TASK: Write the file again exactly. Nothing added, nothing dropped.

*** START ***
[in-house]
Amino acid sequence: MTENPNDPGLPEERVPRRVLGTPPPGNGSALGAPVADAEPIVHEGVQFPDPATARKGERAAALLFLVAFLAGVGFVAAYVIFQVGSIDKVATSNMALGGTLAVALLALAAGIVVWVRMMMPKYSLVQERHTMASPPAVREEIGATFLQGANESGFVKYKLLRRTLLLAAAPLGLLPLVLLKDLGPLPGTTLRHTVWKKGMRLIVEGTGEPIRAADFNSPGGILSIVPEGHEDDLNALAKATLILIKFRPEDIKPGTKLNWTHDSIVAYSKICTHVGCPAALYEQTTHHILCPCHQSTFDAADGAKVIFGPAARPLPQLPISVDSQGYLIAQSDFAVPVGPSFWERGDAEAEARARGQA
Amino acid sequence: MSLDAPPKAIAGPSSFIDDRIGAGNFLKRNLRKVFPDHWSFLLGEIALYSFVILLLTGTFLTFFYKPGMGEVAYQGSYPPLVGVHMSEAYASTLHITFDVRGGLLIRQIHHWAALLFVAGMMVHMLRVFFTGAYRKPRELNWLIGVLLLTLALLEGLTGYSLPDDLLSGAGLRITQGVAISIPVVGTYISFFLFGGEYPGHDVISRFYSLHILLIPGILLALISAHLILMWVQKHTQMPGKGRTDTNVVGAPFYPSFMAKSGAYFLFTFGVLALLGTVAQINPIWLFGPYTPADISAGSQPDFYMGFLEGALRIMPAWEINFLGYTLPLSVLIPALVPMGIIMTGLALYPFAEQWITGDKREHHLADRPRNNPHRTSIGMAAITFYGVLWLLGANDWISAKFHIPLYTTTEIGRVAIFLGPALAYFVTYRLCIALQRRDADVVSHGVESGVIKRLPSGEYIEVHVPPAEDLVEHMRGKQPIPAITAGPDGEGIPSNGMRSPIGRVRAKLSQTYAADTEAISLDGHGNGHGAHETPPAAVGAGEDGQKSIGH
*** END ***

[in-house]
Amino acid sequence: MTENPNDPGLPEERVPRRVLGTPPPGNGSALGAPVADAEPIVHEGVQFPDPATARKGERAAALLFLVAFLAGVGFVAAYVIFQVGSIDKVATSNMALGGTLAVALLALAAGIVVWVRMMMPKYSLVQERHTMASPPAVREEIGATFLQGANESGFVKYKLLRRTLLLAAAPLGLLPLVLLKDLGPLPGTTLRHTVWKKGMRLIVEGTGEPIRAADFNSPGGILSIVPEGHEDDLNALAKATLILIKFRPEDIKPGTKLNWTHDSIVAYSKICTHVGCPAALYEQTTHHILCPCHQSTFDAADGAKVIFGPAARPLPQLPISVDSQGYLIAQSDFAVPVGPSFWERGDAEAEARARGQA
Amino acid sequence: MSLDAPPKAIAGPSSFIDDRIGAGNFLKRNLRKVFPDHWSFLLGEIALYSFVILLLTGTFLTFFYKPGMGEVAYQGSYPPLVGVHMSEAYASTLHITFDVRGGLLIRQIHHWAALLFVAGMMVHMLRVFFTGAYRKPRELNWLIGVLLLTLALLEGLTGYSLPDDLLSGAGLRITQGVAISIPVVGTYISFFLFGGEYPGHDVISRFYSLHILLIPGILLALISAHLILMWVQKHTQMPGKGRTDTNVVGAPFYPSFMAKSGAYFLFTFGVLALLGTVAQINPIWLFGPYTPADISAGSQPDFYMGFLEGALRIMPAWEINFLGYTLPLSVLIPALVPMGIIMTGLALYPFAEQWITGDKREHHLADRPRNNPHRTSIGMAAITFYGVLWLLGANDWISAKFHIPLYTTTEIGRVAIFLGPALAYFVTYRLCIALQRRDADVVSHGVESGVIKRLPSGEYIEVHVPPAEDLVEHMRGKQPIPAITAGPDGEGIPSNGMRSPIGRVRAKLSQTYAADTEAISLDGHGNGHGAHETPPAAVGAGEDGQKSIGH